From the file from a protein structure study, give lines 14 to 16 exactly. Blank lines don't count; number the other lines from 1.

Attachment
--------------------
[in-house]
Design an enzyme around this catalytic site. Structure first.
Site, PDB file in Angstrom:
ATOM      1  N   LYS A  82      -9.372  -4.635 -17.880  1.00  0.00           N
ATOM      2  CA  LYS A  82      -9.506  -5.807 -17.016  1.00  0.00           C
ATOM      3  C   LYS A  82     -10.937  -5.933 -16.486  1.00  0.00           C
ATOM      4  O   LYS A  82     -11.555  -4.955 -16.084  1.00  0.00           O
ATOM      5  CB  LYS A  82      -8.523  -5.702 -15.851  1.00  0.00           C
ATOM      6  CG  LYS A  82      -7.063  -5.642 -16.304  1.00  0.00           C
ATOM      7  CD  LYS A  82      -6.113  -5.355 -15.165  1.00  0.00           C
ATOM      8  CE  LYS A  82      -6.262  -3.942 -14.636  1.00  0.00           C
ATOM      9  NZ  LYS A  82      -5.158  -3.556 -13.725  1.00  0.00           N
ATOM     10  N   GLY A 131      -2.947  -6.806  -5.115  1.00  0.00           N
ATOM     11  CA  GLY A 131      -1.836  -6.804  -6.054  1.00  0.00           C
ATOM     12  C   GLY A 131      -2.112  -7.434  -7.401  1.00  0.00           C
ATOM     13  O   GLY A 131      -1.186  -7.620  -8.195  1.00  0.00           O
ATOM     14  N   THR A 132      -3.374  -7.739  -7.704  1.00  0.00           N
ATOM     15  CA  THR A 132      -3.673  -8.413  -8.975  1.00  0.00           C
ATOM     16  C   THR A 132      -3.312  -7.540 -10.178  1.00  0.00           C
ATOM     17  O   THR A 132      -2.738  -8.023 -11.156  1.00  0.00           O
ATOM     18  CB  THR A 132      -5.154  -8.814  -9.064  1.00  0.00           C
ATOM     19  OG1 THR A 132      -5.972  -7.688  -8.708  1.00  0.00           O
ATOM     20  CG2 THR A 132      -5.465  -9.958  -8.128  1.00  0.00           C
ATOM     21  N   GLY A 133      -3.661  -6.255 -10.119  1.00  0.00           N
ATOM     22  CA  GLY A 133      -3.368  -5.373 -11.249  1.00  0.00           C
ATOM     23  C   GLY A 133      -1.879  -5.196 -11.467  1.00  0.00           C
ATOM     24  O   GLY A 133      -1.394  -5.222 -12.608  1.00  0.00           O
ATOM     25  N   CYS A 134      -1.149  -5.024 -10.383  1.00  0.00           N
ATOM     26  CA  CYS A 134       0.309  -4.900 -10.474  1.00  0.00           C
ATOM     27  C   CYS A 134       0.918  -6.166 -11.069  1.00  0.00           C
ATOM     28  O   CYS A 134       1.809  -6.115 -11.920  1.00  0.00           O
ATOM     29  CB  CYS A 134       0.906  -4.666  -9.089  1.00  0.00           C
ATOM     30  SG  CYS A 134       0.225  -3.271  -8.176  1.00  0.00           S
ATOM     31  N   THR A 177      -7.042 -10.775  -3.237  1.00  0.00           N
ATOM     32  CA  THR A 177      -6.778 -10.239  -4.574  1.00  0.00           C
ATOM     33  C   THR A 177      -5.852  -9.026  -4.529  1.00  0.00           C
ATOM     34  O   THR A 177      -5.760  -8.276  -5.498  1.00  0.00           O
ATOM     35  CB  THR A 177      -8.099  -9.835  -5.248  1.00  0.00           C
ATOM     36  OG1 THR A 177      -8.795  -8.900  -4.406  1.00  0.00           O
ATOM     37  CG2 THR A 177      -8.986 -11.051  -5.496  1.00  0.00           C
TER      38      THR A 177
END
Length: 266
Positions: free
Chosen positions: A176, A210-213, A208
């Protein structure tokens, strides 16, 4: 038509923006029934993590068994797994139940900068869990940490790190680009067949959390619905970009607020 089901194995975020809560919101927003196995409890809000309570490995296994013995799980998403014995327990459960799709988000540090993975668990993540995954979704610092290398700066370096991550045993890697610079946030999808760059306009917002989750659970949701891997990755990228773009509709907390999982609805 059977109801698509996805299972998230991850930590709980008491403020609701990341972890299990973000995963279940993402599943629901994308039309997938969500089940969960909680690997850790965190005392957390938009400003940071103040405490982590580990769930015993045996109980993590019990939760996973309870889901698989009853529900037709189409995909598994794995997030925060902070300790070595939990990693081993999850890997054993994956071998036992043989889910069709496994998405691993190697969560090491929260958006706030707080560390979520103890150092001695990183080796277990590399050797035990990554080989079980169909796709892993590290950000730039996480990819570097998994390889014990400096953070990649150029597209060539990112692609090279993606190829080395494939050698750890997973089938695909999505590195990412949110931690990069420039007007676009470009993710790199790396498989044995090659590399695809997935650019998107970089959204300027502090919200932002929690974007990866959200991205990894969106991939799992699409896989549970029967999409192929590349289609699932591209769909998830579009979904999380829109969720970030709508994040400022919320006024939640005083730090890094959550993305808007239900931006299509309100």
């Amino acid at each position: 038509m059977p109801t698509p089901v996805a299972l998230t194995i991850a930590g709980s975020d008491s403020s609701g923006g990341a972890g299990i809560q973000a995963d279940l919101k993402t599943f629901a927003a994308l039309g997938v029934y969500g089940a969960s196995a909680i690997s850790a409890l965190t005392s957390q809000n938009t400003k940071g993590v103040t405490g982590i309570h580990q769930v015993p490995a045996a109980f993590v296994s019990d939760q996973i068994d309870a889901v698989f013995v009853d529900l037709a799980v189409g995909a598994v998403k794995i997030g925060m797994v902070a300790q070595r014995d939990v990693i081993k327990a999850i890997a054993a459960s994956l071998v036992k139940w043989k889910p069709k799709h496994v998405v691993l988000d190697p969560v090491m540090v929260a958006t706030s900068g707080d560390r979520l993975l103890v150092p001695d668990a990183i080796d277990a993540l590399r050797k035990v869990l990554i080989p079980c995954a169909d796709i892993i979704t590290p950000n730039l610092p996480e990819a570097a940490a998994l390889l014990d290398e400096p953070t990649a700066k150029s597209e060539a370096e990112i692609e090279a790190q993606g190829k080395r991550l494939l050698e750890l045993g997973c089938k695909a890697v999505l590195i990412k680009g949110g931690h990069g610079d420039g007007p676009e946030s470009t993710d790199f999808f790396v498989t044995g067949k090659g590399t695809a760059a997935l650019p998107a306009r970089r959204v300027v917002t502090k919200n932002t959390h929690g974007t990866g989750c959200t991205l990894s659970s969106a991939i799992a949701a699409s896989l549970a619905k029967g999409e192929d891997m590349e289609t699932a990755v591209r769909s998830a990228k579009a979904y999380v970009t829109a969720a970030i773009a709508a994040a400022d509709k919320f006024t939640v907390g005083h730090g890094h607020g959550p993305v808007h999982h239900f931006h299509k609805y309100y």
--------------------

ATOM     11  CA  GLY A 131      -1.836  -6.804  -6.054  1.00  0.00           C
ATOM     12  C   GLY A 131      -2.112  -7.434  -7.401  1.00  0.00           C
ATOM     13  O   GLY A 131      -1.186  -7.620  -8.195  1.00  0.00           O